• It was contended that the burden to prove an expenditure claimed by the assessee always lies upon the assessee. The bills given by TTPL do not contain the description and quality of diamonds supplied by them and hence the Ld CIT(A) was justified in holding that the assessee could not prove that the said purchases were available as stock at the year end and then exported.
  • He submitted that the tax authorities have rightly relied upon the decision of Hon’ble Supreme Court rendered in the case of Sumati Daya where in it was held that the tax authorities are entitled to go beyond the evidences and examine the issue from the angle of human probabilities and human conduct.

Held by ITAT Mumbai:

  • A careful perusal of the orders passed by the tax authorities show that they have not accepted the claim of purchases of diamonds from TTPL on the reasoning that the said transaction defies the human probabilities in as much neither the seller nor the broker of the seller is traceable and seller sold diamonds to assessee on approval basis even without knowing assessee company directly.
  • But tax authorities did not prefer to examine the claim of export of same goods in the succeeding year and re-import of the same goods thereafter. The surrounding circumstances and human probabilities attached to a transaction should be examined by considering the transactions as a whole.
  • The assessee has furnished various documents before the assessing officer during the course of remand proceedings to support the claim of purchases. The assessee also proved that the said purchases were available in stock by linking the closing stock available as at the year end with the relevant invoices.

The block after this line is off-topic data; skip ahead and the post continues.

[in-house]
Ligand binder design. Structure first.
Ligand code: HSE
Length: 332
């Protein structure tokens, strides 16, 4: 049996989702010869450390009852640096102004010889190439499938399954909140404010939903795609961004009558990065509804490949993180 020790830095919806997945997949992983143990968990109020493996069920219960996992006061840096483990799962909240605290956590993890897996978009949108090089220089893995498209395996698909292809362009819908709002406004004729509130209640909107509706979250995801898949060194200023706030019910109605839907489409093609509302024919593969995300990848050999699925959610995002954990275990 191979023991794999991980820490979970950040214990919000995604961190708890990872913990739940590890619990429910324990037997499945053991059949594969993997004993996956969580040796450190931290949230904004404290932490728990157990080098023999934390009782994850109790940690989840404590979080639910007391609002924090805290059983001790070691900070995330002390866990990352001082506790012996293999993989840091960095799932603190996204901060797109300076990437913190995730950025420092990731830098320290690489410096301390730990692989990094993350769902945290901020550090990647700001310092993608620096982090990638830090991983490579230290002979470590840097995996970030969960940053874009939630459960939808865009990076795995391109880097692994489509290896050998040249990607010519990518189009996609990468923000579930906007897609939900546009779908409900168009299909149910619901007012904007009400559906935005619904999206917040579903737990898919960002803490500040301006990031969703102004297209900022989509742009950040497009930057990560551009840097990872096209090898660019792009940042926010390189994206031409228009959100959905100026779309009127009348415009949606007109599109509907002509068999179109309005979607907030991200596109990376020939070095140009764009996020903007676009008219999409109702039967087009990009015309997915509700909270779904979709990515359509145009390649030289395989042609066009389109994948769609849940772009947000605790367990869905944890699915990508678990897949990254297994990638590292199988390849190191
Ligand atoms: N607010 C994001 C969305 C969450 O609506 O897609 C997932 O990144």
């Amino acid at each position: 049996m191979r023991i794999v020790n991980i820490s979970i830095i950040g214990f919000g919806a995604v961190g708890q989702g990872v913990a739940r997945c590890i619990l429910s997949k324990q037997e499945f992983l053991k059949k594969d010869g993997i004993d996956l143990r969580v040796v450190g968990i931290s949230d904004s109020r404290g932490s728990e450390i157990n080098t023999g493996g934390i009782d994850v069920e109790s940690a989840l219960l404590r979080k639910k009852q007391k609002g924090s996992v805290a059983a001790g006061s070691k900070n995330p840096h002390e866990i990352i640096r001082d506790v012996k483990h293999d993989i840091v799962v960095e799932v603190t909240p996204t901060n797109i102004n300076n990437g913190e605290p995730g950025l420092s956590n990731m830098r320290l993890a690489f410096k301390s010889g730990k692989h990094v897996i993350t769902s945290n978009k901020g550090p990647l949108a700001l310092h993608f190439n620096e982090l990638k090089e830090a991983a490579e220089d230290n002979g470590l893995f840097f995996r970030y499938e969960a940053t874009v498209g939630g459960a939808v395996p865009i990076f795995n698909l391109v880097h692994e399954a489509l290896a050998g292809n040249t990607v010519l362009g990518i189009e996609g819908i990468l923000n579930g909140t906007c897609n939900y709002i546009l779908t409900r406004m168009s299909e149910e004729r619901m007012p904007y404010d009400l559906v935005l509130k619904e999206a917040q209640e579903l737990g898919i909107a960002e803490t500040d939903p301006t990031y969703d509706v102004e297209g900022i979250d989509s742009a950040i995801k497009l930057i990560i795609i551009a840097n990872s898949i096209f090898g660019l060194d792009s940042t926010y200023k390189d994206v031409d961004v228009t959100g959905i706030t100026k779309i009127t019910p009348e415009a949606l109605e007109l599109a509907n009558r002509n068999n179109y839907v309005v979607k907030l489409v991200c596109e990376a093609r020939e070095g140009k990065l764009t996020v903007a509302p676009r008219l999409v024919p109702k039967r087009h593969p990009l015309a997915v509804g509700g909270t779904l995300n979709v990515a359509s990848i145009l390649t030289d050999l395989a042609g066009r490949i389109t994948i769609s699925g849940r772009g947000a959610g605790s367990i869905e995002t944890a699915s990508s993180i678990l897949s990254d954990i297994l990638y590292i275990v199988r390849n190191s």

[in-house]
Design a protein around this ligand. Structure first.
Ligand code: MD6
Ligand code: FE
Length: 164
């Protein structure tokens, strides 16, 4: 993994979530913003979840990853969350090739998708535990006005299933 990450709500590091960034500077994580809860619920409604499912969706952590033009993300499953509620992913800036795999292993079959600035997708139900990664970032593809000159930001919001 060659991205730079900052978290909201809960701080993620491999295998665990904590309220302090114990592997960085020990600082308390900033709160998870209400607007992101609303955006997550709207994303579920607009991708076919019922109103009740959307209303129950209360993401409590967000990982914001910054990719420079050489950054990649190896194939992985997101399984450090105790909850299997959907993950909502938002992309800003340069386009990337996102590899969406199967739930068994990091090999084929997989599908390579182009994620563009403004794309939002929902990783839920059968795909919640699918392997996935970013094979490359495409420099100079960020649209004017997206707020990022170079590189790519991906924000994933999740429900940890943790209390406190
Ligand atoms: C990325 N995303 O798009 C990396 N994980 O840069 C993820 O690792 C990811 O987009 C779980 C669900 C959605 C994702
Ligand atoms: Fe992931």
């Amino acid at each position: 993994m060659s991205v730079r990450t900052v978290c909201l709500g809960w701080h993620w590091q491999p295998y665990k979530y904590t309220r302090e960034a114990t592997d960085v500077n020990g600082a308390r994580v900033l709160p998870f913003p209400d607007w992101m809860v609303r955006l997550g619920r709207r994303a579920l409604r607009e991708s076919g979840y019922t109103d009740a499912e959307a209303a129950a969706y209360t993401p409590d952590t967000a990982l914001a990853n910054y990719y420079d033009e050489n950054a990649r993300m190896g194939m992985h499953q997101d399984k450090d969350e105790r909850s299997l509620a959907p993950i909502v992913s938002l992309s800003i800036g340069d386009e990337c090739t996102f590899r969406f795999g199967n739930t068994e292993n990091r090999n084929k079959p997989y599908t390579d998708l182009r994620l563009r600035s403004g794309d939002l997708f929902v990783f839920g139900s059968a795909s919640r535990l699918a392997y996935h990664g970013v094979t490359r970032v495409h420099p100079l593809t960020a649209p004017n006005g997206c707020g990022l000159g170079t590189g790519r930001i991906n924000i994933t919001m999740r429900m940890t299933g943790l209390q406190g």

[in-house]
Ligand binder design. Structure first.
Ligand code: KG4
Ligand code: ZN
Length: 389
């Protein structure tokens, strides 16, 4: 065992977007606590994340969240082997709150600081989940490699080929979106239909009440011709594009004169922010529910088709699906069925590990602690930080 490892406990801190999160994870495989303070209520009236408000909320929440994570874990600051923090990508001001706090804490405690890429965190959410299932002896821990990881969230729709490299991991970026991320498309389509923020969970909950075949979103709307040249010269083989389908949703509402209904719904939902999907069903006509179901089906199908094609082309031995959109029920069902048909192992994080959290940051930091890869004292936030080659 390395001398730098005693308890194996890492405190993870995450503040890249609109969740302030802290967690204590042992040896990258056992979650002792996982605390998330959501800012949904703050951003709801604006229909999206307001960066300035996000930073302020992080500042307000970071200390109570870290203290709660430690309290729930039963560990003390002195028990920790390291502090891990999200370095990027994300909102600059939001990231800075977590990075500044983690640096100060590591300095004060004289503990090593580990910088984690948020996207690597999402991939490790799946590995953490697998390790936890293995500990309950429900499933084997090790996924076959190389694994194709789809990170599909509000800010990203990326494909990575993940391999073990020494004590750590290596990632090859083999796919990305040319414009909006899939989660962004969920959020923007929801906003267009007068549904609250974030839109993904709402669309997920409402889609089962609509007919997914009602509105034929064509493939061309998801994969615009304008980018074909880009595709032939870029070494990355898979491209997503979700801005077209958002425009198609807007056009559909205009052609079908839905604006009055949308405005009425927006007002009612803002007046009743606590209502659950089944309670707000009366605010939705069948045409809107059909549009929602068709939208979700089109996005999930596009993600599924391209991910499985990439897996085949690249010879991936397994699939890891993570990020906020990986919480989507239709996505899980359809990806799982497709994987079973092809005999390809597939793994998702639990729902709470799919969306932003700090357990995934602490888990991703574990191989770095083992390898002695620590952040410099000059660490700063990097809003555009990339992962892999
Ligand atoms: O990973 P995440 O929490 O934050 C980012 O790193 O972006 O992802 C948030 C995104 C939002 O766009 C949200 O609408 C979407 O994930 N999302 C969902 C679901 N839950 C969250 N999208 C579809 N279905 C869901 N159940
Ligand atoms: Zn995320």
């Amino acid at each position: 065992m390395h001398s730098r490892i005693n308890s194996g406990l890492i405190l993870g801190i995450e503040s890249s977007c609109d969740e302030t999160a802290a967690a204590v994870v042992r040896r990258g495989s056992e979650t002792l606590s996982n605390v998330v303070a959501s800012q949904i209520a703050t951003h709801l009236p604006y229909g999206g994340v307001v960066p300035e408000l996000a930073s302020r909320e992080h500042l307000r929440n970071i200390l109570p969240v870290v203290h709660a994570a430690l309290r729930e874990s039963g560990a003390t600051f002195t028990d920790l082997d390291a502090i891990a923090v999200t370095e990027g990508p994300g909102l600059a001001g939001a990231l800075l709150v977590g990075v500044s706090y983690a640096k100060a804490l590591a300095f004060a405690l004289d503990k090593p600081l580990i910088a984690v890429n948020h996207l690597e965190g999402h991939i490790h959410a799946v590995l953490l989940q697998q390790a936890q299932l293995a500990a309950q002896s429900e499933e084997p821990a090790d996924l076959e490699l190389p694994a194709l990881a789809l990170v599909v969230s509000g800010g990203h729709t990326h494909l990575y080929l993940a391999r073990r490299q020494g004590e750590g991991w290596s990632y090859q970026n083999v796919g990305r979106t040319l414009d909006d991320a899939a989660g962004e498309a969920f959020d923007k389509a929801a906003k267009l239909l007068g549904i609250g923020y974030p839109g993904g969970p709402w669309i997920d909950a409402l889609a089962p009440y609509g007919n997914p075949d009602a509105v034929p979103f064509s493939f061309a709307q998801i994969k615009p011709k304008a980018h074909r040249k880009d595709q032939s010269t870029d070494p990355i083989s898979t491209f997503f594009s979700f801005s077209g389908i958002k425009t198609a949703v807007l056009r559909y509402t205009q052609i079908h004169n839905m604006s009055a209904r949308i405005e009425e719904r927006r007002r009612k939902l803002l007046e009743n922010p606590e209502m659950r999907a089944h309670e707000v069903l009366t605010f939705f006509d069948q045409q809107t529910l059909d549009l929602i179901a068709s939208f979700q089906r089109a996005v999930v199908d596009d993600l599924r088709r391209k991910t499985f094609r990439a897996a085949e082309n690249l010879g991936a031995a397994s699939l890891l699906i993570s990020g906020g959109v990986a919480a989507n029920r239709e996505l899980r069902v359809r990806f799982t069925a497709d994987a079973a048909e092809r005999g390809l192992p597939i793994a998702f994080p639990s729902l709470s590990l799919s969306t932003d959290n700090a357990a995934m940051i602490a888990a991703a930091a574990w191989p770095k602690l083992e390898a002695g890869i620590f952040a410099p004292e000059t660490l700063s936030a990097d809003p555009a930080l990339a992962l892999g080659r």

• If closing stock available with the assessee was not accepted as the materials purchased from TTPL, then the tax authorities should have pointed out that the closing stock represented some other purchases. the assessee has also shown that the said goods were exported subsequently and there should not be any doubt that a person cannot sell any goods without purchasing the same.
  • AO did not doubt the claim of sales in the succeeding year. As a matter of fact, the sales cannot be disapproved, since the assessee has exported the goods by obtaining clearances from RBI and Customs authorities. The assessing officer has suspected the correspondences exchanged between the assessee and the client, who imported the goods from the assessee, under the impression that those papers should have been fabricated and accordingly sent them for examination to CFSL, Hyderabad.
  • Further, the report from CFSL has not given any adverse report against those documents, which fact has not been controverted by the revenue. Thus, one of the basis for suspecting the transactions has been proved wrong.
  • When the evidences are available with the assessee and when the tax authorities have not brought any material to contradict the same, we are of the view that the tax authorities are not justified in rejecting the evidences furnished by the assessee to support the transactions of purchases.
  • In view of the foregoing discussions, there is no reason to suspect the claim of purchases of goods from TTPL, particularly when the assessee is able to support the said claim with documentary evidences, stock register, confirmations etc. and more particularly in view of the fact that the assessee has exported the very same goods.
  • In tribunal’s view the theory of human probability has been applied to only part of transactions and not to the whole round of transactions. In any case, it cannot be said that the claim of the assessee defies the human probabilities, when one examines the documents furnished by the assessee.
  • Accordingly the disallowance was ordered to be deleted. In result the appeal of assessee was allowed.